Kate Mulgrew: And so that's all he's always on about. And once he asked me to do a zero gravity flight and I got shuttled, and I don't know why it was cancelled. But it was. But I would like to engage with him. I knew his mother well. I liked Majel very much. And without his father, where would any of the rest of us be? So I would welcome that conversation.

Deyvid Holquinn: That would be great. One more question is, you started in the early career with Ryan's Hope and then for a stretch you were the, Mrs. Colombo. And then in the - as the career went forward you started becoming - given the authoritative type roles with Captain and then Admiral Janeway, and then now with the Regent in Warehouse 13, and even on the NTS...

Kate Mulgrew: Yes, SD:SUV.

Deyvid Holquinn: Right, exactly.

Kate Mulgrew: Right.

Deyvid Holquinn: You've always - in these positions where it's like you're a woman in power and authority and you can command respect.

But you always have come across, even when it's - whether it's drama with the Star Trek or even comedy with these other ones, you still have that, you pull it off. But then still you don't come across as a like a stone, or a one-dimensional, you know, barking orders at everybody, you still remain...

Kate Mulgrew: Human.

Deyvid Holquinn: ...retain the heart - humanity. Has that been something that you've had to really focus on and try for or does it come natural for - is that...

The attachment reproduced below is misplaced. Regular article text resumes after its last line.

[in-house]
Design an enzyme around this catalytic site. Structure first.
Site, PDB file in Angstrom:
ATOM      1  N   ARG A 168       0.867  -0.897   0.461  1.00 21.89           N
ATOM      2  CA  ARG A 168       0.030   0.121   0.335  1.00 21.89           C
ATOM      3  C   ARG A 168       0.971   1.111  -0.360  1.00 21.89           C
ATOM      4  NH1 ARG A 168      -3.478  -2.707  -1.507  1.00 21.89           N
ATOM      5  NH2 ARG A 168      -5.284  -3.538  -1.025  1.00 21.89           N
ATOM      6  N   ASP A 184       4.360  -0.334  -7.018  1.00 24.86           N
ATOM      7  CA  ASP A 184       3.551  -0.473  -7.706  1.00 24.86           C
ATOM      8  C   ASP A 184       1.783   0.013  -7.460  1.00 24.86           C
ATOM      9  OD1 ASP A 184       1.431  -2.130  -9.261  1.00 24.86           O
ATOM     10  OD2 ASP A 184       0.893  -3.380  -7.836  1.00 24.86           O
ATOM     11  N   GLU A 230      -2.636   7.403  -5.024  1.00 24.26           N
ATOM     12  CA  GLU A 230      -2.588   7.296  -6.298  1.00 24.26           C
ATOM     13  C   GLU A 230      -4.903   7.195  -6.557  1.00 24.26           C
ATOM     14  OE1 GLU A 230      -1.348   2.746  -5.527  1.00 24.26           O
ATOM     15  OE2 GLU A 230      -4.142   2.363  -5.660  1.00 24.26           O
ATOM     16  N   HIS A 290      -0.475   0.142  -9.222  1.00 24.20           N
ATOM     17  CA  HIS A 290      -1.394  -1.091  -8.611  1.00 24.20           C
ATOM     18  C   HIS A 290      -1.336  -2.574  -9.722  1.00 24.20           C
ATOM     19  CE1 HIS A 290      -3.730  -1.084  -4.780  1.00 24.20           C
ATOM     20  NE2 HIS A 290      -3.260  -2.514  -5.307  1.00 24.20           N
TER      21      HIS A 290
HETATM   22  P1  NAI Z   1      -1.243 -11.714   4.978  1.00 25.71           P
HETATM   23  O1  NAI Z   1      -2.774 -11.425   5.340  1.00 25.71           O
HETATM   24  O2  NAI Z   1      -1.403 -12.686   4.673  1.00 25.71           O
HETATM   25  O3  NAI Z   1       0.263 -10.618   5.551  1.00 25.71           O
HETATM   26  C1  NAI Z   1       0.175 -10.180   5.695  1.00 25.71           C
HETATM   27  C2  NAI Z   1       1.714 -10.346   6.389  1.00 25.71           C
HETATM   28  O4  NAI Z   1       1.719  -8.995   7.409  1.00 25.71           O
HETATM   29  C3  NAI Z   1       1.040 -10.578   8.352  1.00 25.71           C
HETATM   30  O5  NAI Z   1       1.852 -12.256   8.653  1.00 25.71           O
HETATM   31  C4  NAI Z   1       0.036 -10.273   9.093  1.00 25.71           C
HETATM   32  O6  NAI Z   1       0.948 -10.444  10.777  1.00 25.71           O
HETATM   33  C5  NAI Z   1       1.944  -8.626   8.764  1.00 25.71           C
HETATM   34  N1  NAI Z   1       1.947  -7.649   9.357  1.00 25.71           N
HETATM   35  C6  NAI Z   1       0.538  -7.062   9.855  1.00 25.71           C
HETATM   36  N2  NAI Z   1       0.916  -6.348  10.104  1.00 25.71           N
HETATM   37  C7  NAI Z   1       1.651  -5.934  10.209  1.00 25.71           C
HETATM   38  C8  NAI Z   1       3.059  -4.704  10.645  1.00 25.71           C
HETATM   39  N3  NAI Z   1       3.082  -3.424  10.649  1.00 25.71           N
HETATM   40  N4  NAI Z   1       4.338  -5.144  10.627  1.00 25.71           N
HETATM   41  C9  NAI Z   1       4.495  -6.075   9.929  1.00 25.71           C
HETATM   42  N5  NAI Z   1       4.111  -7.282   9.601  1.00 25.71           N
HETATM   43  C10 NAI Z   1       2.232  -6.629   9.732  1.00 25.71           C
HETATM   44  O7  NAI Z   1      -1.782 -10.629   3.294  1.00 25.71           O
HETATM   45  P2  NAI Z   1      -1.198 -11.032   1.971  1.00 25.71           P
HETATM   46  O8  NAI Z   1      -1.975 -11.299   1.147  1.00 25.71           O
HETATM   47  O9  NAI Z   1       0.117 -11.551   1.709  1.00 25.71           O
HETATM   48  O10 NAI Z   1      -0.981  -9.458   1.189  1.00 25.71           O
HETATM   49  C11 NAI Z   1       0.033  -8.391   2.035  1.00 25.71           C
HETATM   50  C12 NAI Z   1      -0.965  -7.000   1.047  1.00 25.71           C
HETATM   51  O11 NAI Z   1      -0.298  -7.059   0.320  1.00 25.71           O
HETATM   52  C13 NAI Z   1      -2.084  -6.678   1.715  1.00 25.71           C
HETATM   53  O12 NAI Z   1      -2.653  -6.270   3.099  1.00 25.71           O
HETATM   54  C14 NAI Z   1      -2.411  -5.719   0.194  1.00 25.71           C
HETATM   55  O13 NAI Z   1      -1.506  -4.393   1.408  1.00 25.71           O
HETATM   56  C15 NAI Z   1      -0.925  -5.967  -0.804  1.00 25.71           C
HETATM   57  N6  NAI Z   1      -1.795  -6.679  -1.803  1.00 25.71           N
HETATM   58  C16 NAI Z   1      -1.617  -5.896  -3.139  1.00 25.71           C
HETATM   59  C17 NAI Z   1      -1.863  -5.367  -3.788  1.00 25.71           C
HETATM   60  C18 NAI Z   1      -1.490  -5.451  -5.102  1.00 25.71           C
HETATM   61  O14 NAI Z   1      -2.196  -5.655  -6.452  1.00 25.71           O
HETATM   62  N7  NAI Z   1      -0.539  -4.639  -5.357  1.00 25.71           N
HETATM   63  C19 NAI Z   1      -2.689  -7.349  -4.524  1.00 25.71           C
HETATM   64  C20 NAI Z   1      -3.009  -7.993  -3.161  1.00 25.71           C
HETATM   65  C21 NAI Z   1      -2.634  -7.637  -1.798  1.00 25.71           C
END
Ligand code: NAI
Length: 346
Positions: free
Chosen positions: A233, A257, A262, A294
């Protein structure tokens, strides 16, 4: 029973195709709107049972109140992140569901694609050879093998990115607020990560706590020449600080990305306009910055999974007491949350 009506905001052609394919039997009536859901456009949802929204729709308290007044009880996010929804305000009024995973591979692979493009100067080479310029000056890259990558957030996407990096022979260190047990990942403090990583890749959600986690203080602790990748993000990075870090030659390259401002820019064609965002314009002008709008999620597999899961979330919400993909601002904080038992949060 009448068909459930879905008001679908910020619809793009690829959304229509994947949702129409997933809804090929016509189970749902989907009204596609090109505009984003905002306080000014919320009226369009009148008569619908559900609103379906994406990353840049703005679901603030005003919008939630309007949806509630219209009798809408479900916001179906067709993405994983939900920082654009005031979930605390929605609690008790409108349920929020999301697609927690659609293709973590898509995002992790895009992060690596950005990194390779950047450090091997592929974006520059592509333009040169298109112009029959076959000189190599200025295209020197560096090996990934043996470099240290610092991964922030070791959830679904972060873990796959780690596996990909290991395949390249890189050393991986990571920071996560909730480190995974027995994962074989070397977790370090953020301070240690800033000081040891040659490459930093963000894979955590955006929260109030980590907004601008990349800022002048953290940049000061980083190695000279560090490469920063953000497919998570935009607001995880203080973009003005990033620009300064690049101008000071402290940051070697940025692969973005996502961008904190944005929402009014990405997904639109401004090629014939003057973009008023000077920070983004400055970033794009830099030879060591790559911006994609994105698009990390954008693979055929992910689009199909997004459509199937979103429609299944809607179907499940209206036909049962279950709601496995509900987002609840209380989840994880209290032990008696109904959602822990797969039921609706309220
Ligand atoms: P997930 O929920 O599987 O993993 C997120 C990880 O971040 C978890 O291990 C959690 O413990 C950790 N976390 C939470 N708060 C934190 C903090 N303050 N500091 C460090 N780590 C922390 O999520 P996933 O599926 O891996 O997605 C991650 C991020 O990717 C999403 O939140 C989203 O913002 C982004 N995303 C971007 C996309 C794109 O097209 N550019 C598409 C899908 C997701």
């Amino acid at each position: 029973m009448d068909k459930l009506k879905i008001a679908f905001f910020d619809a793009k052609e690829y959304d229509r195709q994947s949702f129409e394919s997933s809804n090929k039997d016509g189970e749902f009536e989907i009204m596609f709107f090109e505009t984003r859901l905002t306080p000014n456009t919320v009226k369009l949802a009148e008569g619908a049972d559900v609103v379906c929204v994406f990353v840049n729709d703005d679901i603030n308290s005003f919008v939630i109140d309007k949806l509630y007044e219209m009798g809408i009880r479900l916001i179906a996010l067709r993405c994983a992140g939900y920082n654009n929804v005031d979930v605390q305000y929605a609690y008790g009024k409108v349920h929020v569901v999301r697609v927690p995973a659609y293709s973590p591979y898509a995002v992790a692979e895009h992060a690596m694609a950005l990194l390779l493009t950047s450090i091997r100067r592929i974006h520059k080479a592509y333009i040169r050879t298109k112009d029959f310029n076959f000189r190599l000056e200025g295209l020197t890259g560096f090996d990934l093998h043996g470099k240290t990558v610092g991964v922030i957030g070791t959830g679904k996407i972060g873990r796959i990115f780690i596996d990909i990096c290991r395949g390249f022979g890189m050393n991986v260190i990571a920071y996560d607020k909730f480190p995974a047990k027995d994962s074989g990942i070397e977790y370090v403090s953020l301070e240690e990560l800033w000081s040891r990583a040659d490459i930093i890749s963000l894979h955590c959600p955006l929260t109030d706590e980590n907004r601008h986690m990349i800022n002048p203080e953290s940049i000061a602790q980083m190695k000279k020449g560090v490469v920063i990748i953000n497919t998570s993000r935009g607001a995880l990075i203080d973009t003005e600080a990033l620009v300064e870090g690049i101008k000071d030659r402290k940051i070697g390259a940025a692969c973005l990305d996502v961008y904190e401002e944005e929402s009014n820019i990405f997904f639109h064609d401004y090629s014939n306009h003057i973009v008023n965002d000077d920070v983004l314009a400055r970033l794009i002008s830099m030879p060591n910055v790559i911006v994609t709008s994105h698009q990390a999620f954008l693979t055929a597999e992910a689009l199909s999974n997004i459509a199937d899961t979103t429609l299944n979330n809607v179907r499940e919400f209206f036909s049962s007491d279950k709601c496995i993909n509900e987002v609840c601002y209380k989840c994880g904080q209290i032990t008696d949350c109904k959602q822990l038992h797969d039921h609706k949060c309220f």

Kate Mulgrew: No, I would hope against hope that that comes naturally. I'm the oldest of eight children, I'm the oldest girl. I have one older brother. So I have a natural bossiness. But I also have great love. So if that's what's translating, then I'm very, very pleased.

Deyvid Holquinn: Yes, it comes across. And that's (unintelligible).

Kate Mulgrew: That's what the audience is attracted to. I don't want to be Patton, that's not the point. The point is to have an inherent sense of command and humanity well married. And as I've achieved that then I've done what I intended to do.

Deyvid Holquinn: You've done it very well and we look forward to seeing more.

Kate Mulgrew: Thank you.

Deyvid Holquinn: Thank you very much.

Kate Mulgrew: Thank you so much.

Operator: Thank you. Our next question is from the line of Aaron Knobloch with Blogomatic3000. Please go ahead.

Aaron Knobloch: Hello Miss Mulgrew. How are you today?

Kate Mulgrew: I'm well, how are you?

Aaron Knobloch: Oh I'm fine, I'm fine.

Kate Mulgrew: Good.

Aaron Knobloch: My first question I - you've been a big part of the science fiction scene for quite a while now. How do you feel about the genre as an actor? Does it offer you more of a range? How do you feel about it?

Kate Mulgrew: Increasingly honored and interested because, as is true of all things that capture our imagination, I have learned about science through science fiction. And I know that they are joined, they are allied. And that alliance has given me a great deal of intellectual foresight.

And I'm learning that this fan base, which is almost inestimable, is very smart. And what they're interested in is the metaphor of the starship and their personal experience and journey through life.

So I'm drawing these parallels, I'm learning about the metaphors and I'm having an open conversation with these fans. And it is always fascinating to me.

Aaron Knobloch: A lot of our readers are big fans of your work -- really big fans, especially my boss. How do you have - I mean, do you have any other active projects that you've been working on that you'd like to share with them? Anything (unintelligible)?